You know it seems like everybody grows up with the feeling they are special and different. During the 1960’s my generation watched Art Linkletter ask children what they wanted to be when they grew up on a TV show called, “Kids Say the Darndest Things.” In the 1990’s my kids watched Bill Cosby do a remake of that same show, and the answers were always zany and varied across the board, everything from President of the U.S., to Hollywood movie star, to Olympic gold medalist, to astronaut, to Super Bowl MVP quarterback.
It never occurs to kids that there are obstacles and barriers to their dreams, because as kids, they are constantly encouraged and surrounded by moms and dads telling them how special they are. As these kids begin to graduate from school, they no longer have their helicopter parents telling them all that happy stuff, and they begin to come face-to-face and get slapped around by the “big bad world.”
These guys and gals then get married, take on the increased responsibilities of children and mortgages, and go to work for companies that promise great sounding futures that are rarely delivered.
Their level of frustration goes through the roof as they wake up one day thinking that life has passed them by and that things will never work out like they dreamed. Instead of believing they have choices and options; the walls close in and they start to just accept what life dishes out. Those childhood feelings of excitement and enthusiasm begin to be replaced by feelings that they are just average and ordinary, like everybody else.
I know, because I’ve been there. I was the first child and first grandchild in my family, and was told I was smart and special and was going to be a superhero when I grew up. But then life began to happen when my mom died of cancer at age 36 just as I began my senior year of high school, followed by my dad drowning at age 40 three years later. I took a full time, all-night job stocking shelves in a grocery store to pay my way through college. Then, to my surprise, I discovered there wasn’t a long line of companies elbowing each other to be the highest bidder for me to come work with them.
Within a few short years, marriage, children, and several multi-state relocations made me realize that I was just surviving on life’s treadmill, pretty much like everybody else. I decided not to live the next 40 years of my life that way and began to make some changes to ensure that wouldn’t happen.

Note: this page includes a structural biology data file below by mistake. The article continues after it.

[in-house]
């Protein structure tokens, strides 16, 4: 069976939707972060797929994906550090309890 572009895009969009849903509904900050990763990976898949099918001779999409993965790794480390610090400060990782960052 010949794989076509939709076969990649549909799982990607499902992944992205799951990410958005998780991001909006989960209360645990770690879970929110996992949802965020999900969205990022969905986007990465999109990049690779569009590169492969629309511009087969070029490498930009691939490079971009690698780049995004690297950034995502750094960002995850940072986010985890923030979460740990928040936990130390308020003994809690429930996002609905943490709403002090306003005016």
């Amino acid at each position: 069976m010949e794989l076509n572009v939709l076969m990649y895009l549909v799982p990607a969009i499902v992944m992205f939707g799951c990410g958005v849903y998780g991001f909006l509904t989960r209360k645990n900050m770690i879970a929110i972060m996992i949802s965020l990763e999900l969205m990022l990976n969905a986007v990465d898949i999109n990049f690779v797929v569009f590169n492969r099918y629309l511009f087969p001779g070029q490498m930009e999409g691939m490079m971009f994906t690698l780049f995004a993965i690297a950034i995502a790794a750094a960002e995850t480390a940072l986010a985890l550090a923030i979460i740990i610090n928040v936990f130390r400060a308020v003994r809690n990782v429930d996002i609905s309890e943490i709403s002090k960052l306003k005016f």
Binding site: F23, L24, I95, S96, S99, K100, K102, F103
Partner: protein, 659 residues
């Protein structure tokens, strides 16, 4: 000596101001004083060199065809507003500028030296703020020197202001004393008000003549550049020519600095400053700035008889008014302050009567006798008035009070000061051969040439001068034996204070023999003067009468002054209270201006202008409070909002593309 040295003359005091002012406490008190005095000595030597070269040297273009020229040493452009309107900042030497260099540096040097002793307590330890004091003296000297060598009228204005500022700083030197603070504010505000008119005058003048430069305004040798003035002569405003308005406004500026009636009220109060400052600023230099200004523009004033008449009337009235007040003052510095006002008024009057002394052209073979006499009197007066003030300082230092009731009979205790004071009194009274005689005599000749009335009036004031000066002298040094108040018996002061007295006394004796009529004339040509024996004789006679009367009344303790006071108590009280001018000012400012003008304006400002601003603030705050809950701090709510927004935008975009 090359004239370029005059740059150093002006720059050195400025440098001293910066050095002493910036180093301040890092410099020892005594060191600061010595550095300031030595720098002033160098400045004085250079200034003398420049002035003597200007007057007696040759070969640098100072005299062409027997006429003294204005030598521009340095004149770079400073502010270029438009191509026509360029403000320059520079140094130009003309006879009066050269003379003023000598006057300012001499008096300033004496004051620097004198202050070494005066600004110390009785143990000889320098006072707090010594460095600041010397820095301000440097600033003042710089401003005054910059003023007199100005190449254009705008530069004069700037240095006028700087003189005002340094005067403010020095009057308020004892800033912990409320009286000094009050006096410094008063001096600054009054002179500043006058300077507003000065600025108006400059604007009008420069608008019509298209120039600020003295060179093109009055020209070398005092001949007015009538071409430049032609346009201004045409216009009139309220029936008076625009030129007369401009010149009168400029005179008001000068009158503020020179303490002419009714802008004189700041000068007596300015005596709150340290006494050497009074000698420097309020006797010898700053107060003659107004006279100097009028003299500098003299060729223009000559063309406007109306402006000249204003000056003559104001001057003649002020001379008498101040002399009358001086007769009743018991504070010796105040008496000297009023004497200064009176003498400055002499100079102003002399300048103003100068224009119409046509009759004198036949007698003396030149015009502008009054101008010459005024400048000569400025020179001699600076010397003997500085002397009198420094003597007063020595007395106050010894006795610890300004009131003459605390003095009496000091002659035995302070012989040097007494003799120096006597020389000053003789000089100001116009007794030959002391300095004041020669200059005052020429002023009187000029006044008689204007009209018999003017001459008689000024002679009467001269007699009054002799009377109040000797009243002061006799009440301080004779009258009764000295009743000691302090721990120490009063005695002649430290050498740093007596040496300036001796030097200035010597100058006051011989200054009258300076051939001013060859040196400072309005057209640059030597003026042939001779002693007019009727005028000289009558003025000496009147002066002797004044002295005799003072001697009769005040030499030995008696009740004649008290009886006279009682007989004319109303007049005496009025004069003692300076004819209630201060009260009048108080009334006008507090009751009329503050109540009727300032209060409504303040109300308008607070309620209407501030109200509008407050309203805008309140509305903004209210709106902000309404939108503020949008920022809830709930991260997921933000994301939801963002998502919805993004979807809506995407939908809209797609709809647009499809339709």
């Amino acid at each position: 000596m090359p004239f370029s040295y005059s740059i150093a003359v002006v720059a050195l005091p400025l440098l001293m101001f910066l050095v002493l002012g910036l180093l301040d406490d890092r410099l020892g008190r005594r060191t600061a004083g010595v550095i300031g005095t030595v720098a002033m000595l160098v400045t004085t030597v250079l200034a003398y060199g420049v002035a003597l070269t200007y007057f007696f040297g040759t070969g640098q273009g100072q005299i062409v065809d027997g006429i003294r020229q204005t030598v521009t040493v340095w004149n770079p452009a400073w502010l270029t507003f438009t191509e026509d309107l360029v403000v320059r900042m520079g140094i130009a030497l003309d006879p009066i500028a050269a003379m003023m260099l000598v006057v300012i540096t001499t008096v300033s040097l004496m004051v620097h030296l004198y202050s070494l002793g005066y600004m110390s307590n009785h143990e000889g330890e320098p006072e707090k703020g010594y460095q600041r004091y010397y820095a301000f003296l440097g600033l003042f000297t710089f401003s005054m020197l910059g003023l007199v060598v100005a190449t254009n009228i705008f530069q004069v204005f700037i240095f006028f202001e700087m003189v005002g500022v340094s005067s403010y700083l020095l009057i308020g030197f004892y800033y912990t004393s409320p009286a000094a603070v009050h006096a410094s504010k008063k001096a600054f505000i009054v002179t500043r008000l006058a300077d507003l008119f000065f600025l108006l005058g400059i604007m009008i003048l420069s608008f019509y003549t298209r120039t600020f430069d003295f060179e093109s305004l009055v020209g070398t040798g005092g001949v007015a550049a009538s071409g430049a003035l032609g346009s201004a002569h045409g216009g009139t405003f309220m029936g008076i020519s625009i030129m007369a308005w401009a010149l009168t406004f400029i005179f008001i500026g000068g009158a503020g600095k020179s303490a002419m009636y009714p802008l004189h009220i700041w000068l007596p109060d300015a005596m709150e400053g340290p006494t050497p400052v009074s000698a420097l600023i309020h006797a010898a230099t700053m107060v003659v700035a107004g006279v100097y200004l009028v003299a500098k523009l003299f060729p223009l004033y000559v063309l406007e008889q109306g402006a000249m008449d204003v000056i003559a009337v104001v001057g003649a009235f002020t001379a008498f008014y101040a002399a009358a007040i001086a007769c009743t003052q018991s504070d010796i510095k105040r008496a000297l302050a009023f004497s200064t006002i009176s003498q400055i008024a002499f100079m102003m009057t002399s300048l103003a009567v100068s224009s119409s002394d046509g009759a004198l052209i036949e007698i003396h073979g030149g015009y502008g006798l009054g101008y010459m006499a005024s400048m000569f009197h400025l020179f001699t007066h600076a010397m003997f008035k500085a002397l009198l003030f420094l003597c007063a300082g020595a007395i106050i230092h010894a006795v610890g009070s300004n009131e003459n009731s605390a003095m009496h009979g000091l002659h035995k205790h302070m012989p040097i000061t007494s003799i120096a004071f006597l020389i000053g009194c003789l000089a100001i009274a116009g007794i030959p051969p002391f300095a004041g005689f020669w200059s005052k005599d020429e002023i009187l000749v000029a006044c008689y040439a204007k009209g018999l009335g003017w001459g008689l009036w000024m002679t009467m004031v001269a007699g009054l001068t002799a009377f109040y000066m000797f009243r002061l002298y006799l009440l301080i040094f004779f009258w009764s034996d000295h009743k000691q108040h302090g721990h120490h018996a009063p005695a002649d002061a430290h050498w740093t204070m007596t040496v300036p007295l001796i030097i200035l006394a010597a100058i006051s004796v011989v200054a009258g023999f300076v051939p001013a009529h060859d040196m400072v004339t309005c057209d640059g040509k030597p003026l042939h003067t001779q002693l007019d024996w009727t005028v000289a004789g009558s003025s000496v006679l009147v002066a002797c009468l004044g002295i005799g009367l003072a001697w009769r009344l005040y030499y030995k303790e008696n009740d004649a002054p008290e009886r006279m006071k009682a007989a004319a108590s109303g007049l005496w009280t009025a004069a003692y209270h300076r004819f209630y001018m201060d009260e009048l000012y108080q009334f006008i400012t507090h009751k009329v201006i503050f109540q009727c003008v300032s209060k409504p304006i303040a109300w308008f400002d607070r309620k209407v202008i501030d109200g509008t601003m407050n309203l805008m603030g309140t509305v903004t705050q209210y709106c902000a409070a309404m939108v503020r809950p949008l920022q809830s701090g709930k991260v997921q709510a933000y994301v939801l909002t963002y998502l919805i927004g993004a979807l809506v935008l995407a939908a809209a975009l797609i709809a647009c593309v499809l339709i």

Everyone needs to realize that they must fight for whatever they want, because life has a way of slapping you around & beating you up, if you let it. If you will accept being unhappy, or broke, or being an average Joe; that’s exactly what life will give you.
My favorite sales and entrepreneurial mentor from nearly 40 years ago, Art Williams, always said there were four “power principles” that folks needed to get into their brain, when they arrive at that place I described above.
The first one states that you’ve got to demand happiness and success because nobody is going to just walk up to you and give it to you. You have the power within you to be successful, and you only have to couple that with belief and determination to begin to get moving.
The second principle is that you must learn to dream again like you did back in high school, which, by the way, is probably the last time you really had big dreams. People talk themselves out of success by constantly saying they can’t do something. A famous man once said, “Whether you think you can or think you can’t…you’re right.”
His third principle is that you have got to compete. You have to see yourself winning and then continue to slug it out until you work your way up through the food chain and reach YOUR objective. Life won’t be giving out “participation trophies” or “I showed up” awards. Yes, it will take time; but what’s 5-10 years if your family can eventually “live like nobody else.”
The fourth principle he shared was that you must realize that you can change. Your friends, relatives and maybe even spouse may not believe in you, but if you believe in you, nothing else matters. Ever heard of these “losers?”…
Henry Ford – Went broke 5 times before founding Ford Motor Co.
Bill Gates – Dropped out of college and started a business that failed before birthing Microsoft.
Albert Einstein – Didn’t speak until he was 4 or read until he was 7, and was later expelled from school.
Thomas Edison – Was told by teachers he was “too stupid to learn anything” and attempted to invent the light bulb unsuccessfully 1,000 times before actually doing it.
Winston Churchill – Failed 6th grade and lost every election until he became Prime Minister at 62.
Oprah Winfrey – Endured an abusive childhood and was fired as a reporter who was labelled as, “unfit for TV.”
Dick Cheney – Flunked out of Yale…twice.
Jerry Seinfeld – Froze on stage in front of a comedy club and was booed off the stage.
Elvis Presley – Was fired after one performance and told to “go back to driving a truck.”
Now just think for a minute what the world would have missed if these folks would have listened to those external voices instead of their own internal voices. Internalize these “power principles” and keep stumbling forward and constantly improving until you reach your goals!
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